In October, we published “Starving For A Six-Pack“–a 3-part series chronicling writer Dana McMahan‘s experience prepping for and getting fitness model photos taken for her portfolio–and there was no shortage of controversy over the grueling diet she followed to get industry standard’s sculpted, toned look. Many argued that getting a six-pack (or muscle tone, in general) requires nothing more than “eating right” and working out. Others (including Dana) argued that a lot of what determines muscle tone is genetic; despite being strong and healthy, not all of us are destined for easily-sculpted abs.
As a former powerlifter and still-dedicated athlete, Dana always has a six-pack. But getting it to show–i.e. losing the layer of fat that normally insulates her middle–required a strict diet and workout routine because, as she put it: “I’m 5′ 1″ and so short-waisted my hand can span the space between my belly button and bra strap, so I’m just not designed to display a carved up set of abs.”
Still, many commenters argued that a six-pack can be had “without all the drama.” Marisa Bose commented on Facebook:
People can achieve a six pack without all the drama. Eating the right foods and exercise. This doesn’t equate depriving yourself in any way…she didn’t NEED to go on such an extreme diet. That wasn’t healthy. People are able to achieve a muscular physique through abundance as well. Deprivation in any form, shame in any form, is detrimental to your health, no matter what you look like on the outside.
So, what’s the truth: Can everyone achieve the same kind of muscle tone if we all just stick to the right diet and workout routine? Or are some of us just more or less prone to get that six-pack, “Michelle Obama arms,” or toned quads, simply based on what our parents passed down?
To learn more about the science of what makes a six-pack–and other (probably more important) markers of fitness–we spoke to Dan Trink, CSCS, CPT and Director of Personal Training Operations at Peak Performance gym in New York City. “It’s truly not possible to assign a certain percentage of muscle mass accumulation to genetics vs. training.” He says both play a role, and while heredity plays a large role in our physicality, training unlocks and maximizes our genetic potential:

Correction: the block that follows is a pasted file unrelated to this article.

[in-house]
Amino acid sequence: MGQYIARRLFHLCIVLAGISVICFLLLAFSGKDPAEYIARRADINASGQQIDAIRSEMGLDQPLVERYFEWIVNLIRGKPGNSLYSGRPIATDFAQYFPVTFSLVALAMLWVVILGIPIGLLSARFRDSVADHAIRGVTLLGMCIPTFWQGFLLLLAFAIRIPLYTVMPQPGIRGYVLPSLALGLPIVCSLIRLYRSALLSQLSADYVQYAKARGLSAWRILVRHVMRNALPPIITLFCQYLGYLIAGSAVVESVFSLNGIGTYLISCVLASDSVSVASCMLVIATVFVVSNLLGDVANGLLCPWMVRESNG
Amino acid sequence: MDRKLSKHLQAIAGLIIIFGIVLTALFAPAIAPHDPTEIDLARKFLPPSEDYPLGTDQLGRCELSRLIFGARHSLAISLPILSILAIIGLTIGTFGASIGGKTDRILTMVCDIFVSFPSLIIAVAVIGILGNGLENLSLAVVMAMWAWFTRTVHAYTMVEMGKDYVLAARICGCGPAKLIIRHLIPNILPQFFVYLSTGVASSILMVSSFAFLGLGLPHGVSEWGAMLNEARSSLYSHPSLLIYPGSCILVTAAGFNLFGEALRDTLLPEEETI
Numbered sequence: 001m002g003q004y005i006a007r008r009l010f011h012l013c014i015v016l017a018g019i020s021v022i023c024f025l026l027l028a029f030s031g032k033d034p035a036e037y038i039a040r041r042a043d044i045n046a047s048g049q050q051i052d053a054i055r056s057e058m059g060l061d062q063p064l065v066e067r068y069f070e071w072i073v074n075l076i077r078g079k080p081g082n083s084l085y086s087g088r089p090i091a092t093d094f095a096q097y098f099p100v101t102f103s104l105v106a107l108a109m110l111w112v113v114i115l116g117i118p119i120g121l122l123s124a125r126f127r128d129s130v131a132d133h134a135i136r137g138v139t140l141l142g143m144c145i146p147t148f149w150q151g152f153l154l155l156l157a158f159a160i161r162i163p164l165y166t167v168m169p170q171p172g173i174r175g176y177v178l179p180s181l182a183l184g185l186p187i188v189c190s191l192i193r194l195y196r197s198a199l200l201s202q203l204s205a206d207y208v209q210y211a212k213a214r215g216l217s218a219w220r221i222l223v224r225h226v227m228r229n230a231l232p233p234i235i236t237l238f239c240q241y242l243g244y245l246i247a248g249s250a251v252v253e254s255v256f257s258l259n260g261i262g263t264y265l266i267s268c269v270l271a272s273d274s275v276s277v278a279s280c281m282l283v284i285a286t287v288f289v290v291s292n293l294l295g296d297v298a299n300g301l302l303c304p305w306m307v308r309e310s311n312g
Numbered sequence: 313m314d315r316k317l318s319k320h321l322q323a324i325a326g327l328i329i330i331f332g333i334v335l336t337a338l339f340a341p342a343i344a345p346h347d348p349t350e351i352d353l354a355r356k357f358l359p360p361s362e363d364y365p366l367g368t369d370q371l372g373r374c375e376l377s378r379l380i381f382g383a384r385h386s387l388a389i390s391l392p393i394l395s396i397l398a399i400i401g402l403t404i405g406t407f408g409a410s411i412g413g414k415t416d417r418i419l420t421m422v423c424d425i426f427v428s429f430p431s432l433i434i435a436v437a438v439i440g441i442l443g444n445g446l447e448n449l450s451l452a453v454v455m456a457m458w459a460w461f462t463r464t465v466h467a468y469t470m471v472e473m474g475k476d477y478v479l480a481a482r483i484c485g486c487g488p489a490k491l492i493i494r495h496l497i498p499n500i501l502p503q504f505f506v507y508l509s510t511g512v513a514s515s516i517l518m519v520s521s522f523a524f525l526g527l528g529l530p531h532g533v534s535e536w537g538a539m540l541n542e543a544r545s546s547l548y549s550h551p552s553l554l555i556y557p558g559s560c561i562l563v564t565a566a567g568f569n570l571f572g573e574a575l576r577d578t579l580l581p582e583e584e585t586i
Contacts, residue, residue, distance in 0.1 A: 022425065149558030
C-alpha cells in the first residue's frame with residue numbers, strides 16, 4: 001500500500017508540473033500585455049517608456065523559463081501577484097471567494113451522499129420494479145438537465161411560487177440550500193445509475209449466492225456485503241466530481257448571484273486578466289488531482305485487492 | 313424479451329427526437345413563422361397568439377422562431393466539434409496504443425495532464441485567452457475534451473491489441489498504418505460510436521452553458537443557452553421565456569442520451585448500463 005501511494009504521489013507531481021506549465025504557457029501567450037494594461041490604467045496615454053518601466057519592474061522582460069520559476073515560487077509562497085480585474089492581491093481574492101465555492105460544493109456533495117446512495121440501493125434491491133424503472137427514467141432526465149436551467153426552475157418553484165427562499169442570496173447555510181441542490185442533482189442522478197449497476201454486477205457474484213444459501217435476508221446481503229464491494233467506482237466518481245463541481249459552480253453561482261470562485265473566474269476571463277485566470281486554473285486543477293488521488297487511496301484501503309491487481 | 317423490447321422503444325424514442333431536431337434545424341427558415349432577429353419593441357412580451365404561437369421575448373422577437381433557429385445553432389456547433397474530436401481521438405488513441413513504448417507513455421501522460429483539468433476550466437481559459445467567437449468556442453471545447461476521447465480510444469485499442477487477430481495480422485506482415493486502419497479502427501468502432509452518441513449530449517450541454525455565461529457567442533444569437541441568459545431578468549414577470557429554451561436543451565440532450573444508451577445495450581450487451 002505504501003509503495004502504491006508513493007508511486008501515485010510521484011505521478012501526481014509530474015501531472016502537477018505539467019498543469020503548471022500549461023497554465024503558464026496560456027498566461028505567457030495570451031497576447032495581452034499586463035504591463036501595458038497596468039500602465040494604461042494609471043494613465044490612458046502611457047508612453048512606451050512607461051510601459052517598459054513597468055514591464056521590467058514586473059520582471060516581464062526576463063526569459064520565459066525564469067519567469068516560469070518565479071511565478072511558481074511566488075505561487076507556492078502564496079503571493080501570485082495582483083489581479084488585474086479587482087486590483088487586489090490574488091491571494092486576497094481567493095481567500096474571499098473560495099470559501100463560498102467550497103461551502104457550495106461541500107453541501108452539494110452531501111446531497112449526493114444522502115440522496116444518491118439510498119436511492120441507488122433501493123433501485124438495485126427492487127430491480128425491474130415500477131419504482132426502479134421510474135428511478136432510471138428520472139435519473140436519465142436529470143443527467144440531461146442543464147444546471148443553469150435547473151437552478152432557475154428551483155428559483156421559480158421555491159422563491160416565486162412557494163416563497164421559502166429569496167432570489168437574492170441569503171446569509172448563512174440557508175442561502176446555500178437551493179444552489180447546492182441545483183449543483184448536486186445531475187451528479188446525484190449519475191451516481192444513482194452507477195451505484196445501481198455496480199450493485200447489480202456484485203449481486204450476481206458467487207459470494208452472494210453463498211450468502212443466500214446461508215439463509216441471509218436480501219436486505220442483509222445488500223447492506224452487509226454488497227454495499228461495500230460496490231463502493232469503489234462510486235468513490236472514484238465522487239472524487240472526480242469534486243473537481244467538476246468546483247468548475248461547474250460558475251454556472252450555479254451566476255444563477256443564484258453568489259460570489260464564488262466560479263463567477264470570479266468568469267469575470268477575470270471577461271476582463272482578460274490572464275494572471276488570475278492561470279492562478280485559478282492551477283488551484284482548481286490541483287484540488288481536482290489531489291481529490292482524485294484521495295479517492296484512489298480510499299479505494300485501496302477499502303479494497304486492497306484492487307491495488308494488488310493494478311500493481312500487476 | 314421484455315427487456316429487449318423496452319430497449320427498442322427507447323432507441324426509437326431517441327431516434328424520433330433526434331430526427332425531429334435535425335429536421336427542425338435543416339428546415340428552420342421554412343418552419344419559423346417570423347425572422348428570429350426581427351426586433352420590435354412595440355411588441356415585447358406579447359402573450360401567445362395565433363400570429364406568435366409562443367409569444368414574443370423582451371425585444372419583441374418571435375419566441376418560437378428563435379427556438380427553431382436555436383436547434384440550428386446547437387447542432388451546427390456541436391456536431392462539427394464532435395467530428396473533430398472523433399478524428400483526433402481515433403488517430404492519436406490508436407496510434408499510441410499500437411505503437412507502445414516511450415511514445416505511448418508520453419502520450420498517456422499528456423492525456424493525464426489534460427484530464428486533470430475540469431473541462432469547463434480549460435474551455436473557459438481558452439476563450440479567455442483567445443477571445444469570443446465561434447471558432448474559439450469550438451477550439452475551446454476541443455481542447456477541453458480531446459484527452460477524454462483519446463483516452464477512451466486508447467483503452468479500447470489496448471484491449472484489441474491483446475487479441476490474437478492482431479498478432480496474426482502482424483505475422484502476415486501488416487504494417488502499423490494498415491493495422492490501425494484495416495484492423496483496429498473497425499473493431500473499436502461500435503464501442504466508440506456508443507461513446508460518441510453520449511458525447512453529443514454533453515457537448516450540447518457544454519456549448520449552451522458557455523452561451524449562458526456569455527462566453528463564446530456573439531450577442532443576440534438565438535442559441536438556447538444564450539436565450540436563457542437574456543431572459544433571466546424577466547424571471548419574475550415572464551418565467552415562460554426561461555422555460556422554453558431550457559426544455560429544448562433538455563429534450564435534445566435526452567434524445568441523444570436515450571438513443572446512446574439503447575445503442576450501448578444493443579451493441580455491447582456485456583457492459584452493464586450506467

At some point in the evolutionary chain, certain groups of people likely benefited from having bigger calves or leaner torsos. Once that trait is passed down from generation to generation, the adaptation tends to stick regardless of whether the original circumstances have changed. [But] just because someone is not genetically predisposed to a certain trait that does not mean they cannot achieve that trait. This is particularly true with six-pack abs. Nearly everyone could diet their way down to six pack abs, it would just be easier for some than it would be for others.
But diet, training and genetics aren’t the only factors to consider, especially when it comes to lowering body fat percentage (to reveal toned muscles, like Dana did): “I would say the number one factor outside of diet and exercise, and maybe even more important than those factors is hormonal balance,” Trink says. “Hormones are critical in determining how much body fat we accumulate and store.” Things like daily stress, environmental pollutants, and sleep all effect our hormones, “and in turn have a major effect on our body composition.”
While he admits that getting achieving optimal hormonal balance is tricky due to modern society and the lifestyles that come with it, he says the closer we get, the greater our ability to lose fat.
But he also admits that Dana’s experience–of being in great shape, but still requiring unsustainable methods to achieve specific aesthetic goals–is very typical: “That level of leanness is not ‘normal’ for most people to maintain, which is why it is usually referred to as ‘peaking’ for a competition.” And Trink reminds us that most competitors don’t even look the same way the evening after a competition, never mind days or weeks later. “We think of body builders or fitness competitors as being at the height of health when they are on stage, but being that lean is really not particularly healthy. In fact, for many fitness competitors, it is extremely hard to regain that level of leanness for their next competition even if they follow the same diet and training.”
So, cut yourself a break if you’re eating well, training hard, and just don’t look exactly like a fitness model. As Trink said, reaching aesthetic goals isn’t the same as reaching optimal health–and Dana’s experience prepping for her photo shoot only confirms it. But Trink’s words of wisdom just might help you determine some healthy goals to work towards:
While a lot of people like to blame genetics for their lack of muscle mass or other physical attributes, I have yet to see someone who has trained hard enough to reach their genetic limits. I think the big takeaway is that genetics may be the hand you are dealt, but training is how you play that hand and you can almost always improve your hand.
Photo: John Adkins Photography, courtesy of Dana McMahan